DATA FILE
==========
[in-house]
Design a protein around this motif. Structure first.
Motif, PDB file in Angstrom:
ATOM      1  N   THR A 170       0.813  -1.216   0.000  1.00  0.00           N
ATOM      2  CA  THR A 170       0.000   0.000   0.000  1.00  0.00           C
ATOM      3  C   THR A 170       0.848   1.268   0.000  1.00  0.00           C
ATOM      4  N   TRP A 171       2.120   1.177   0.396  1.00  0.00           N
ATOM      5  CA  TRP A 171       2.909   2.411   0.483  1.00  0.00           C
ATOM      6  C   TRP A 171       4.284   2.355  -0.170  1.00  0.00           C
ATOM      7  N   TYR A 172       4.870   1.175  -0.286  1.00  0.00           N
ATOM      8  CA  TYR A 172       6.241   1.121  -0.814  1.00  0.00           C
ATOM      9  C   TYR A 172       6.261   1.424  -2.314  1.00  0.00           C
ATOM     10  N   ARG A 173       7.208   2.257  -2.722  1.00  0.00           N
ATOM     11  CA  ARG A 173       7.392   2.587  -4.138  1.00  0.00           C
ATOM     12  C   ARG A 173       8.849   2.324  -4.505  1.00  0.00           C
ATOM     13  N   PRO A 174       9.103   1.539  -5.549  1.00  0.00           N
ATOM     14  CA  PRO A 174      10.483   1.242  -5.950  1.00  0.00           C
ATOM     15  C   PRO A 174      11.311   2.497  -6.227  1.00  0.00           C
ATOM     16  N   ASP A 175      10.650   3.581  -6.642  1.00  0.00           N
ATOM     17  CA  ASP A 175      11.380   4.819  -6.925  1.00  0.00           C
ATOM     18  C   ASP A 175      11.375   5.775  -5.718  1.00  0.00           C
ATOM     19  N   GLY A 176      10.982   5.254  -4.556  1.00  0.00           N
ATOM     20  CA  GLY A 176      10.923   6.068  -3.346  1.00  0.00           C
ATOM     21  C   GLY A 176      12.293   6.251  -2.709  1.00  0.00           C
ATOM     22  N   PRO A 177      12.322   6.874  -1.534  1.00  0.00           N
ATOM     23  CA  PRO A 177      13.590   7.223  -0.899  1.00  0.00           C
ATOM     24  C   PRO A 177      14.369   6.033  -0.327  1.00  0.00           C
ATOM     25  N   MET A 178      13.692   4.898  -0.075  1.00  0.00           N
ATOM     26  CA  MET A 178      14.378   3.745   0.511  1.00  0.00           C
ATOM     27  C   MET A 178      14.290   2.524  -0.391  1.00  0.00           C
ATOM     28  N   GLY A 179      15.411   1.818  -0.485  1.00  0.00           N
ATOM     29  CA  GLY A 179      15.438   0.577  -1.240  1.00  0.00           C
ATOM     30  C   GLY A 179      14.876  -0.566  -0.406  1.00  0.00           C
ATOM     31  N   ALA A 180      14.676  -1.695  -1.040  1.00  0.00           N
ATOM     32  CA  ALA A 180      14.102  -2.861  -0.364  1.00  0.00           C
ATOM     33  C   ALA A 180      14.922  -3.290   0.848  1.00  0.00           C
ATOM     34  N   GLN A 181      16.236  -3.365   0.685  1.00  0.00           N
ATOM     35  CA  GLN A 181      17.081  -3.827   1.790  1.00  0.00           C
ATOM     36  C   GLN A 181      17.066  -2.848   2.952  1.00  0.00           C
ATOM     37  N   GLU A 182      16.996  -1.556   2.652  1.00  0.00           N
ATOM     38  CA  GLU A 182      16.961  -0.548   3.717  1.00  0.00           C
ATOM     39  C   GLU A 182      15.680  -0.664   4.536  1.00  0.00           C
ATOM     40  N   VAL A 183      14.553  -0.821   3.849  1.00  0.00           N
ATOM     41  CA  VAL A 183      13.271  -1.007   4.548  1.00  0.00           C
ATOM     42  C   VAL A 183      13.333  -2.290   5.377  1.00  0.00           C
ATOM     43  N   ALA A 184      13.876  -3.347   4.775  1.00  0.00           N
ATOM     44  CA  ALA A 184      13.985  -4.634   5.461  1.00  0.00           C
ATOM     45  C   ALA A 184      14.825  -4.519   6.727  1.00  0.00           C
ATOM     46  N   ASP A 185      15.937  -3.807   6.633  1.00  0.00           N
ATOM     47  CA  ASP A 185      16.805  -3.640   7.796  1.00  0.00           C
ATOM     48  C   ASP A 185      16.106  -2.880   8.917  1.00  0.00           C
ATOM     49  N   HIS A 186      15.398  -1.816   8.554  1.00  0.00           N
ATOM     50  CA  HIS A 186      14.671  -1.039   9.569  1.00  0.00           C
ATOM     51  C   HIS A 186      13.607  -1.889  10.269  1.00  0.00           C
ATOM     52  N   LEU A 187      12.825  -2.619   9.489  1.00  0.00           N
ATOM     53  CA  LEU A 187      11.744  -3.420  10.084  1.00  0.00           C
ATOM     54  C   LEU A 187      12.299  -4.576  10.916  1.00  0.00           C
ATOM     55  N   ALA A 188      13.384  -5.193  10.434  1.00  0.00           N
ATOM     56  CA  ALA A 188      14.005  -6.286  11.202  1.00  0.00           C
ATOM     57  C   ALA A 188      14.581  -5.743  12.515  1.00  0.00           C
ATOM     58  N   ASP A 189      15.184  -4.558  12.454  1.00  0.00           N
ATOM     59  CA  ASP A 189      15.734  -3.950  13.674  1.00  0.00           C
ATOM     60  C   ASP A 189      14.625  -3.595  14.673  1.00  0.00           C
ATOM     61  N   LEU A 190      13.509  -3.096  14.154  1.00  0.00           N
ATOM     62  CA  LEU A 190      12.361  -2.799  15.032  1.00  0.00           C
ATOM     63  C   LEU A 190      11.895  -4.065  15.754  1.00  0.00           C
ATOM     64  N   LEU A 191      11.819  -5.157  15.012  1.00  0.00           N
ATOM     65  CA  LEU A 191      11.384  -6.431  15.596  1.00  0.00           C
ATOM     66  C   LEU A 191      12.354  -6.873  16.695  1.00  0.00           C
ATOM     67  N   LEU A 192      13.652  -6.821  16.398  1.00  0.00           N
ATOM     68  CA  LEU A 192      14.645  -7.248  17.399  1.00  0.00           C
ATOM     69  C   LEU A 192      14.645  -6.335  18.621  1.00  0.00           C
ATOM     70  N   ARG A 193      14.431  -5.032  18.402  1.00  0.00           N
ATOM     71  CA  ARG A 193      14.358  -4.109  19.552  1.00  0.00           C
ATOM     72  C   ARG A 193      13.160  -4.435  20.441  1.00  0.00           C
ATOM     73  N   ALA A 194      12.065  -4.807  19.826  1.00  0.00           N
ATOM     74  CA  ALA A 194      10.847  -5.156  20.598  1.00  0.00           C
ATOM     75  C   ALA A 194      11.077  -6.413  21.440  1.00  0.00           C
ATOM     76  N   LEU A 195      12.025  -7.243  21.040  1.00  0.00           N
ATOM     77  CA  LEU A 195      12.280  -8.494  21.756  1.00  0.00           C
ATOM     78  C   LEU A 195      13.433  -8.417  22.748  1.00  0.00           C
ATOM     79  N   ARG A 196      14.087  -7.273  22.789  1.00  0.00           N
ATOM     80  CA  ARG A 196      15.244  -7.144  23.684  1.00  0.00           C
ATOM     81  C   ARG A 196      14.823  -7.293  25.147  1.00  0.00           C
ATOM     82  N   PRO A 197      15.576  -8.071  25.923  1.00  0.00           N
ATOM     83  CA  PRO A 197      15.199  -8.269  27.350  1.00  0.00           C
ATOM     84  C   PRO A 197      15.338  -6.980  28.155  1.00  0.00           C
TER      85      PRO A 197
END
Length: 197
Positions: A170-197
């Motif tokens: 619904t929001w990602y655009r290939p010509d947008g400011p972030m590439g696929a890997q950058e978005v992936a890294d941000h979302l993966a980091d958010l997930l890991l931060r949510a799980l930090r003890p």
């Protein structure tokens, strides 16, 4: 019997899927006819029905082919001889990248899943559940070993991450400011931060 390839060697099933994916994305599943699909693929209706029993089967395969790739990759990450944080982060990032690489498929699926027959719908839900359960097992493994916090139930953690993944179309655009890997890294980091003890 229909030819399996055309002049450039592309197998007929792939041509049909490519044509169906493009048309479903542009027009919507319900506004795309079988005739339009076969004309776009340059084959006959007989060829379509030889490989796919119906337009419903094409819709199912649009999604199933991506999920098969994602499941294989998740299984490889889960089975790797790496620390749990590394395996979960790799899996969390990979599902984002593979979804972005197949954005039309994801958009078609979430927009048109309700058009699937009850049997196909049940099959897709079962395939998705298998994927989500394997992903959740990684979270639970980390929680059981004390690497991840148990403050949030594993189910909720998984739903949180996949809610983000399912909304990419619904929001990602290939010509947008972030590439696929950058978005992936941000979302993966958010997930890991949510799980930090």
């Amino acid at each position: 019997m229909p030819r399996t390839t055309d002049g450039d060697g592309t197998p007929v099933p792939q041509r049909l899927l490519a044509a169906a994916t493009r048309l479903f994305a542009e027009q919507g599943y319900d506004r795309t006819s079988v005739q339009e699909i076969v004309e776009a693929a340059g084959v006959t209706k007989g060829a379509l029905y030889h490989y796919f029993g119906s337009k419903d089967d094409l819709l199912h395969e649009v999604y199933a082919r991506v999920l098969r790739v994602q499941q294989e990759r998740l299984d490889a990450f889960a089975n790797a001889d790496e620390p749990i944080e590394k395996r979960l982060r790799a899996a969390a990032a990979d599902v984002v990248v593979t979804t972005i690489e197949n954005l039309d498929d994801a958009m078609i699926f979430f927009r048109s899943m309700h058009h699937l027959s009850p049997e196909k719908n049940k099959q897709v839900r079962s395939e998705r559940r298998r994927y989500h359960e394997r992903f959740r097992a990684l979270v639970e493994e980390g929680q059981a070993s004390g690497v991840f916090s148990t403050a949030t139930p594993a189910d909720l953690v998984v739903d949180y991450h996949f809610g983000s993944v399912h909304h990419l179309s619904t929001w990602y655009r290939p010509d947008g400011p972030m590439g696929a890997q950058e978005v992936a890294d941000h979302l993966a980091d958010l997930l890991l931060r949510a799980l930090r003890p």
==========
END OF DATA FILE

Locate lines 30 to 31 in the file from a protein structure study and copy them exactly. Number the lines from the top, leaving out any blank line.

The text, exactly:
ATOM     27  C   MET A 178      14.290   2.524  -0.391  1.00  0.00           C
ATOM     28  N   GLY A 179      15.411   1.818  -0.485  1.00  0.00           N